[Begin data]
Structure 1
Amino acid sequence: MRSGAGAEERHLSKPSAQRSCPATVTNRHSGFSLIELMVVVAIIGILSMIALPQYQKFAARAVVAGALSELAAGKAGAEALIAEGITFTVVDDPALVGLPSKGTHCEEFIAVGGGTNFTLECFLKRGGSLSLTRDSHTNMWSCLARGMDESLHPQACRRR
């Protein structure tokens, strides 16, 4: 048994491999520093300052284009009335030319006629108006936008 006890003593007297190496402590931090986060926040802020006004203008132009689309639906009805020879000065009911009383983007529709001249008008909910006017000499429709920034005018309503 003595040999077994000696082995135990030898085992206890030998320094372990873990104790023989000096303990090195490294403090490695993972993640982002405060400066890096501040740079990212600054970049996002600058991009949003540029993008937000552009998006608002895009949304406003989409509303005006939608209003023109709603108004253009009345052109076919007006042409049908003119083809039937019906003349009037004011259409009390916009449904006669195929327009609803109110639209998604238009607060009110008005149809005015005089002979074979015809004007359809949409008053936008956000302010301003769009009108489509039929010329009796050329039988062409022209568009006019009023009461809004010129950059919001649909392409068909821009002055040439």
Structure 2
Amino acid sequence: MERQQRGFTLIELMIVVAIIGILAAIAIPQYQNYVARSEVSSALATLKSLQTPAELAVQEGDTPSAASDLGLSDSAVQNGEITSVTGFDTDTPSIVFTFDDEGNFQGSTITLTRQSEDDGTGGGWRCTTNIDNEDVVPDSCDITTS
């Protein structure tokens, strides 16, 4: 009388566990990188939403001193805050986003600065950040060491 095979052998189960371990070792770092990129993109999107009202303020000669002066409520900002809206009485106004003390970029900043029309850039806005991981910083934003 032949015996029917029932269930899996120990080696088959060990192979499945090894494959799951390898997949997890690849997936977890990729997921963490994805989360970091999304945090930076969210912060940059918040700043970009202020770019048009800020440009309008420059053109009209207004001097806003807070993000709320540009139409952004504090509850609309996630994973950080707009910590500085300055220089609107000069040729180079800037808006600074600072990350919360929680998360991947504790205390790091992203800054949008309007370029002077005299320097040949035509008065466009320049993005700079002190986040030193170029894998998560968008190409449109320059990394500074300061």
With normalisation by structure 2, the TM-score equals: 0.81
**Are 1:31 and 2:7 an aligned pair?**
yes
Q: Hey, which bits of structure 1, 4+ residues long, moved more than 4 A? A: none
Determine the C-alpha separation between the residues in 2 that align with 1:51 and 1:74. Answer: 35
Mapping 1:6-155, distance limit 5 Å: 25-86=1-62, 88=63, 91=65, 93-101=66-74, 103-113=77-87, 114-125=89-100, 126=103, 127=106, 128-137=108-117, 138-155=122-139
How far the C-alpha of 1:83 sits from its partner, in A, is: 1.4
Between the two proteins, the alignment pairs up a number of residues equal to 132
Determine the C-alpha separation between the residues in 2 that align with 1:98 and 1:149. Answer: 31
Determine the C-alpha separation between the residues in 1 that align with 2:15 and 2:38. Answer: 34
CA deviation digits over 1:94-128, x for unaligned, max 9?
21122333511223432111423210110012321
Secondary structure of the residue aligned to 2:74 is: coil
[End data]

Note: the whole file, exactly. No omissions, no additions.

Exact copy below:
Structure 1
Amino acid sequence: MRSGAGAEERHLSKPSAQRSCPATVTNRHSGFSLIELMVVVAIIGILSMIALPQYQKFAARAVVAGALSELAAGKAGAEALIAEGITFTVVDDPALVGLPSKGTHCEEFIAVGGGTNFTLECFLKRGGSLSLTRDSHTNMWSCLARGMDESLHPQACRRR
């Protein structure tokens, strides 16, 4: 048994491999520093300052284009009335030319006629108006936008 006890003593007297190496402590931090986060926040802020006004203008132009689309639906009805020879000065009911009383983007529709001249008008909910006017000499429709920034005018309503 003595040999077994000696082995135990030898085992206890030998320094372990873990104790023989000096303990090195490294403090490695993972993640982002405060400066890096501040740079990212600054970049996002600058991009949003540029993008937000552009998006608002895009949304406003989409509303005006939608209003023109709603108004253009009345052109076919007006042409049908003119083809039937019906003349009037004011259409009390916009449904006669195929327009609803109110639209998604238009607060009110008005149809005015005089002979074979015809004007359809949409008053936008956000302010301003769009009108489509039929010329009796050329039988062409022209568009006019009023009461809004010129950059919001649909392409068909821009002055040439």
Structure 2
Amino acid sequence: MERQQRGFTLIELMIVVAIIGILAAIAIPQYQNYVARSEVSSALATLKSLQTPAELAVQEGDTPSAASDLGLSDSAVQNGEITSVTGFDTDTPSIVFTFDDEGNFQGSTITLTRQSEDDGTGGGWRCTTNIDNEDVVPDSCDITTS
């Protein structure tokens, strides 16, 4: 009388566990990188939403001193805050986003600065950040060491 095979052998189960371990070792770092990129993109999107009202303020000669002066409520900002809206009485106004003390970029900043029309850039806005991981910083934003 032949015996029917029932269930899996120990080696088959060990192979499945090894494959799951390898997949997890690849997936977890990729997921963490994805989360970091999304945090930076969210912060940059918040700043970009202020770019048009800020440009309008420059053109009209207004001097806003807070993000709320540009139409952004504090509850609309996630994973950080707009910590500085300055220089609107000069040729180079800037808006600074600072990350919360929680998360991947504790205390790091992203800054949008309007370029002077005299320097040949035509008065466009320049993005700079002190986040030193170029894998998560968008190409449109320059990394500074300061």
With normalisation by structure 2, the TM-score equals: 0.81
**Are 1:31 and 2:7 an aligned pair?**
yes
Q: Hey, which bits of structure 1, 4+ residues long, moved more than 4 A? A: none
Determine the C-alpha separation between the residues in 2 that align with 1:51 and 1:74. Answer: 35
Mapping 1:6-155, distance limit 5 Å: 25-86=1-62, 88=63, 91=65, 93-101=66-74, 103-113=77-87, 114-125=89-100, 126=103, 127=106, 128-137=108-117, 138-155=122-139
How far the C-alpha of 1:83 sits from its partner, in A, is: 1.4
Between the two proteins, the alignment pairs up a number of residues equal to 132
Determine the C-alpha separation between the residues in 2 that align with 1:98 and 1:149. Answer: 31
Determine the C-alpha separation between the residues in 1 that align with 2:15 and 2:38. Answer: 34
CA deviation digits over 1:94-128, x for unaligned, max 9?
21122333511223432111423210110012321
Secondary structure of the residue aligned to 2:74 is: coil